Photographic book

Alaska in the 18th and 19th centuries


John Sutter
John Sutter

Shelikhov died in 1795. His son-in-law and successor, Nikolay Petrovich Rezanov, obtained in 1799 a charter from the Russian ruler, Tsar Paul I, that granted his company, the Russian-American Company, a monopoly of the American fur trade. It empowered the company to take possession of all territories already occupied by Russians north of 55° north latitude and to establish new settlements not only in that area but also to the south, provided this did not cause conflict with other powers.

Baranov established a southern settlement in 1812, near Bodega Bay in California, calling it Selenie Ross (now known as Fort Ross). The Russians remained there nearly 30 years, but Fort Ross never fulfilled their expectation of supplying Alaska with food. In 1841 the company sold Fort Ross to John Sutter, a German entrepreneur who became important in California history: It was at his mill in Coloma that gold was found in 1848, starting the California Gold Rush.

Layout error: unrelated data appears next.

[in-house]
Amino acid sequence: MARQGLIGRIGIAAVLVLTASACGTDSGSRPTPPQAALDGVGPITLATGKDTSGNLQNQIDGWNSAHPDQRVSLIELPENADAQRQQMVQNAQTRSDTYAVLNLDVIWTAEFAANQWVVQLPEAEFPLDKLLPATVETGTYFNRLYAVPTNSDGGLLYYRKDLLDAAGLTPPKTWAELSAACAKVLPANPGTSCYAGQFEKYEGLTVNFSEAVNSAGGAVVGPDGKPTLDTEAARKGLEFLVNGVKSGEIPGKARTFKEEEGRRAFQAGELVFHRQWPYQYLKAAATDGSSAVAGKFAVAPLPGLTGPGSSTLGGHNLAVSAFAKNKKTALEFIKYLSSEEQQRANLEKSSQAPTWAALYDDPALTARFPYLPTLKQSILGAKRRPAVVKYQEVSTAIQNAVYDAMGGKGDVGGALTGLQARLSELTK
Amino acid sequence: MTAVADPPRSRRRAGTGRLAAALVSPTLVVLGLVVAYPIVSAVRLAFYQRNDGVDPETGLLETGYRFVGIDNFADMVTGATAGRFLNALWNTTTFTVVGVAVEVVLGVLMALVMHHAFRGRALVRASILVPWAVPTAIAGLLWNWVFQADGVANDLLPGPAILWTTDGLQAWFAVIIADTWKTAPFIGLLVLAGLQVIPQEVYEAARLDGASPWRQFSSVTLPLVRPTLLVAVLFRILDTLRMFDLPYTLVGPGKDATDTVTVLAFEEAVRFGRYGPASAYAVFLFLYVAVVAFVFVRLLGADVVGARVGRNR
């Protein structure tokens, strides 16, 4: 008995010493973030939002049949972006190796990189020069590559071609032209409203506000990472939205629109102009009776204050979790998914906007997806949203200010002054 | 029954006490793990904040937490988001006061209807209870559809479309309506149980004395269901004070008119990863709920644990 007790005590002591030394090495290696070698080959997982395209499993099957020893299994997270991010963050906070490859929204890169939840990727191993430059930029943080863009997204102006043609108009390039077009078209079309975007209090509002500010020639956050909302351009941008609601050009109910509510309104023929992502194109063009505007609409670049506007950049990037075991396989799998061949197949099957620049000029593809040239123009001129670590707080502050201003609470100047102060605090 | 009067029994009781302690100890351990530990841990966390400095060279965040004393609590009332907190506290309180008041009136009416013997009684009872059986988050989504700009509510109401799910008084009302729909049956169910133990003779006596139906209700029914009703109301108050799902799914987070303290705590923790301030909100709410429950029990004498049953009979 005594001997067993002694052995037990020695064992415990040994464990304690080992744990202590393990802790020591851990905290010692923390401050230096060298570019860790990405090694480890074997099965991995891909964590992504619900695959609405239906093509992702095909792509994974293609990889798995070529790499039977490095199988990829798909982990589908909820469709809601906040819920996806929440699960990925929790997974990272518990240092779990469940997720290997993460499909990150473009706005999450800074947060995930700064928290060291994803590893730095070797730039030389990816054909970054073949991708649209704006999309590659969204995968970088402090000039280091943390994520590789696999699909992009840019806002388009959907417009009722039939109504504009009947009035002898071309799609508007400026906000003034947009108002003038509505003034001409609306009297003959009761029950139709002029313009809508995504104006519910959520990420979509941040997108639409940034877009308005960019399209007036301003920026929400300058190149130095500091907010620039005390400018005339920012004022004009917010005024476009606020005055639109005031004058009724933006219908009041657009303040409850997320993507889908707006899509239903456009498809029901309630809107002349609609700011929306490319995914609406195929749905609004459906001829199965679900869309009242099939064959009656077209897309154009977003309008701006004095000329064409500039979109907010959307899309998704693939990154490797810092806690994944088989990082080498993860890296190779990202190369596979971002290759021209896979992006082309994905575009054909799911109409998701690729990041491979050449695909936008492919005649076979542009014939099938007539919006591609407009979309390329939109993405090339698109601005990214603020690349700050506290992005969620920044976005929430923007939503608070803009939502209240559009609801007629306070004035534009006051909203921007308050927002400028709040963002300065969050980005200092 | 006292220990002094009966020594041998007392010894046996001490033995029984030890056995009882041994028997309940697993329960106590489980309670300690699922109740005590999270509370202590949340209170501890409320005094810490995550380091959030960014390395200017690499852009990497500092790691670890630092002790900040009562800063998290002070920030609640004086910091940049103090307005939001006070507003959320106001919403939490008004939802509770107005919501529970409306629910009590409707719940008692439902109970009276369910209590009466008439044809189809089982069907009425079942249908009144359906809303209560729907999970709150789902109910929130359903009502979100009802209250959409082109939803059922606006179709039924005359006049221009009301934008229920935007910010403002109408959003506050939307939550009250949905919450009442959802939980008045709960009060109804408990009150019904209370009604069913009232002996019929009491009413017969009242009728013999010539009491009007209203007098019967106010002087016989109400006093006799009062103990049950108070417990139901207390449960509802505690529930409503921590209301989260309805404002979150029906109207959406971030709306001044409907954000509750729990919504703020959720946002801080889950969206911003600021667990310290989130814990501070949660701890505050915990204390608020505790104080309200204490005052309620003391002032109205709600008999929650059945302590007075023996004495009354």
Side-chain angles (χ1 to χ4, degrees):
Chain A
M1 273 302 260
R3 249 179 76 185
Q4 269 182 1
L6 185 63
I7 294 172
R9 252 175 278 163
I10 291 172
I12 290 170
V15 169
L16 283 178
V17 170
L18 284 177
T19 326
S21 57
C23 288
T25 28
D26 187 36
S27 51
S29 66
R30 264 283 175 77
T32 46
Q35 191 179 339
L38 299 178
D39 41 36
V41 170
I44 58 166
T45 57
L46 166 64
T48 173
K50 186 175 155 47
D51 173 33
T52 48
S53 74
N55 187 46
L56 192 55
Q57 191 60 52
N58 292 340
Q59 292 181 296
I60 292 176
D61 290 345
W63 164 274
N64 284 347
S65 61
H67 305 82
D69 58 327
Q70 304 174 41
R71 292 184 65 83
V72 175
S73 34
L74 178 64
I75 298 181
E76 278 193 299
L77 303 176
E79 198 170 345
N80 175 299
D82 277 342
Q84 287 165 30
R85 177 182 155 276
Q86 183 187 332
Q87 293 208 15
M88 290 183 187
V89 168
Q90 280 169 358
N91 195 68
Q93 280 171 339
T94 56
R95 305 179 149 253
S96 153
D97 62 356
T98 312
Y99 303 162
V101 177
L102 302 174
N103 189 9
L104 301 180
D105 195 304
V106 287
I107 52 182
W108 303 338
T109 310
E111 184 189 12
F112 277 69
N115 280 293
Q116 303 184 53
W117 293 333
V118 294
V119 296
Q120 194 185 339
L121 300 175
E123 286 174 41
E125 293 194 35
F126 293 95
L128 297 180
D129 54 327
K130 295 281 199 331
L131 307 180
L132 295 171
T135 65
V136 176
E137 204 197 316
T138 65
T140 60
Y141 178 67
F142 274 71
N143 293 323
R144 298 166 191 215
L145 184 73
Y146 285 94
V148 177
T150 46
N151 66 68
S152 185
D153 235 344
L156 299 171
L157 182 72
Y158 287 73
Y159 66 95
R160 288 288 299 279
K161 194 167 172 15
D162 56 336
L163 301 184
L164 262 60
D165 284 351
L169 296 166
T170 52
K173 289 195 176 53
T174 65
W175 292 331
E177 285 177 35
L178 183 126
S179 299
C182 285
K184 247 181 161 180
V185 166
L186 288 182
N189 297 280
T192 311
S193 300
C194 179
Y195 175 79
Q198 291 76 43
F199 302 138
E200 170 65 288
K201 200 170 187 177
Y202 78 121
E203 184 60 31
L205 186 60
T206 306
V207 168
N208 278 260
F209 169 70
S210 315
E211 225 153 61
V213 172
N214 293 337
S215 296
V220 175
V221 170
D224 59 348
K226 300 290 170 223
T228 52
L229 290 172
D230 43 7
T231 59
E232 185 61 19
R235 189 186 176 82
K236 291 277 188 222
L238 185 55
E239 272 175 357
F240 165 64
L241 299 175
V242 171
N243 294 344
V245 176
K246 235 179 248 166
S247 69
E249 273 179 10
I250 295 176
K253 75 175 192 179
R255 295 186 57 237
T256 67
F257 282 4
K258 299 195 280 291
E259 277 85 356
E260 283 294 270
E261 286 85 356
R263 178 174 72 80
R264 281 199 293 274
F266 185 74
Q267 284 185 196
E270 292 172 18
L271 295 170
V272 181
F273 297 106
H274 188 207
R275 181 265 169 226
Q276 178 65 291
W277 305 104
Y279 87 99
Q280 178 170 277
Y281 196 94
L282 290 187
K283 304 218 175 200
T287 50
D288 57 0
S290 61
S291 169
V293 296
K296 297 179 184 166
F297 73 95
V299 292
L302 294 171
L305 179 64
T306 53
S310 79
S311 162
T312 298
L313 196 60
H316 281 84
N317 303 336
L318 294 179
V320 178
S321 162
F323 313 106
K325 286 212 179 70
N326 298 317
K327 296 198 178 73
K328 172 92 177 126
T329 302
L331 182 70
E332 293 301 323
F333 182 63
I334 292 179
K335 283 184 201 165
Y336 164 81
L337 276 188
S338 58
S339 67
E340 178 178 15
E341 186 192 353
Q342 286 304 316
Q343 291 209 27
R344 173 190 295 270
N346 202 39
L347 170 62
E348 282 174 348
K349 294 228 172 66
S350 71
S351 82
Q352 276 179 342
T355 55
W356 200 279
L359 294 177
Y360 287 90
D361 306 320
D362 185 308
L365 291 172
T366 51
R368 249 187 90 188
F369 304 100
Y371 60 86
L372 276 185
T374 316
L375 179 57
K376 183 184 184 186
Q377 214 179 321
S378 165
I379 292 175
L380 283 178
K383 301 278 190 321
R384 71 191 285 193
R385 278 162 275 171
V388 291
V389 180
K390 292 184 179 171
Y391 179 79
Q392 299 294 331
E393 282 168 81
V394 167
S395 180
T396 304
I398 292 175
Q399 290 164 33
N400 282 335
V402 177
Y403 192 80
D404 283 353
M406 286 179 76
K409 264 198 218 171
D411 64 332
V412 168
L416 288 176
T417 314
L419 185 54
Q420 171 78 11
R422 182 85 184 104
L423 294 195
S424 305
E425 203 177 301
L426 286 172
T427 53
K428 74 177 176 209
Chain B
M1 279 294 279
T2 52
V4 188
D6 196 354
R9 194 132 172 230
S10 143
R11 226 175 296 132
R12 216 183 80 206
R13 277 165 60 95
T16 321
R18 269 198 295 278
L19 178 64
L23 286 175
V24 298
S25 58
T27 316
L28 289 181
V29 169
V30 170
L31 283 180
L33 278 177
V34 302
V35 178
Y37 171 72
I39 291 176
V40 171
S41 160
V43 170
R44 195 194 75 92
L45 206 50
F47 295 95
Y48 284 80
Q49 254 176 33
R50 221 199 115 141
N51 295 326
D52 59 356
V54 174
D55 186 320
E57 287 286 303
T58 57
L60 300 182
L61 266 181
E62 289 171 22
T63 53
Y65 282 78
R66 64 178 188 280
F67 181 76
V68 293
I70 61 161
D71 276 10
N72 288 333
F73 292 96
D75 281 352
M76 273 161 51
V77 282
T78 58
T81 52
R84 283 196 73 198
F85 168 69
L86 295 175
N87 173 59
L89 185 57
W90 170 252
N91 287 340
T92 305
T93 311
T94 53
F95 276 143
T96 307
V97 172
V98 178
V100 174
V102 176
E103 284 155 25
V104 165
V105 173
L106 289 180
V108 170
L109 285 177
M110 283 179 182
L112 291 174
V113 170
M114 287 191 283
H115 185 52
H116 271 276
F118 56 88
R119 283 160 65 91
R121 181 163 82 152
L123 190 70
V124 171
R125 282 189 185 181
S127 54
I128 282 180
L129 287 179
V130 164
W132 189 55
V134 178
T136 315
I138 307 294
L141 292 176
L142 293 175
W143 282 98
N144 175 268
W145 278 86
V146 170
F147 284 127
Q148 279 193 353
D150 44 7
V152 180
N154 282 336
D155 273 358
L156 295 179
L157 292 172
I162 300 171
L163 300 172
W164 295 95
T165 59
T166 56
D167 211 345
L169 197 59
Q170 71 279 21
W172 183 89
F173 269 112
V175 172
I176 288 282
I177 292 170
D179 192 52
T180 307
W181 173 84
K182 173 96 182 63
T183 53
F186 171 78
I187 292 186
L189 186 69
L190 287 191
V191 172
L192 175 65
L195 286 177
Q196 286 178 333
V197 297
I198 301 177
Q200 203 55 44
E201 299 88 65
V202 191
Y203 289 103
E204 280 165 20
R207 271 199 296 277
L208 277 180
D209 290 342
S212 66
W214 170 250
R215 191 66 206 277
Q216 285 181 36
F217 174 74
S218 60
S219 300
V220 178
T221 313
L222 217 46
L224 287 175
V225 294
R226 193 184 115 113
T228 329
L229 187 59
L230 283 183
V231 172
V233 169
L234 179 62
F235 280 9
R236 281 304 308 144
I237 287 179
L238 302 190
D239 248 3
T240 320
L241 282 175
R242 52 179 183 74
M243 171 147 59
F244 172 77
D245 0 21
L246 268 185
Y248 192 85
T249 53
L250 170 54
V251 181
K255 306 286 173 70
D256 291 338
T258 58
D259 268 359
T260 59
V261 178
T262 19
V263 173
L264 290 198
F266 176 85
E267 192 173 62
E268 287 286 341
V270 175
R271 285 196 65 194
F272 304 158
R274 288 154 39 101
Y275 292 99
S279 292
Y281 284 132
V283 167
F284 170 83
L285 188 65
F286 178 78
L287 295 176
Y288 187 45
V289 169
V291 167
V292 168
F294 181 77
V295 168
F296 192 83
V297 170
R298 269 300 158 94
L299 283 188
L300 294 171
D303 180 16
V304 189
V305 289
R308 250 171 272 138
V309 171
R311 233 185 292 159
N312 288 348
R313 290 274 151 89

The directors of the company retired Baranov in 1818. He sailed for Russia, but died at sea on the way. His retirement came in the last years of the company’s charter and ushered in a new phase in the development of Russian America. Russian naval officers succeeded him. When the charter was renewed in 1821, it stipulated that the chief managers, or governors as they came to be called, had to be naval officers.

The navy improved the colony’s administration, considerably enlarging the bureaucracy. But unlike Baranov, the naval officers had little interest in business. Also, the Russian navy was unable to stem the intrusion of British and Americans into Alaska. An attempt by the tsar to forbid all foreign vessels within 160 km (100 mi) of Russian-claimed lands was met with protests from the British and United States governments.

The dispute with the United States was settled by a convention of 1824 setting 54°40’ north latitude as the southern boundary of Russian territory. Russia agreed with Britain in 1825 that Russian claims would extend eastward to the 141st meridian, southward to the 56th parallel, and southward from there along a narrow strip of land (the Panhandle) on the Pacific coast. Russia gave both powers the right to trade along the Alaska coast for ten years. That ended Russian expansion in America.

After skirmishes in southeastern Alaska between Russians and the Hudson’s Bay Company, Russia in 1839 leased to Hudson’s Bay the southeastern mainland south of Cape Spencer for ten years for a nominal rent. In return, Hudson’s Bay promised to supply Alaska and Kamchatka with food and manufactured goods. The lease was renewed in 1849. "USA" © Emmanuel BUCHOT, Encarta, Wikipedia

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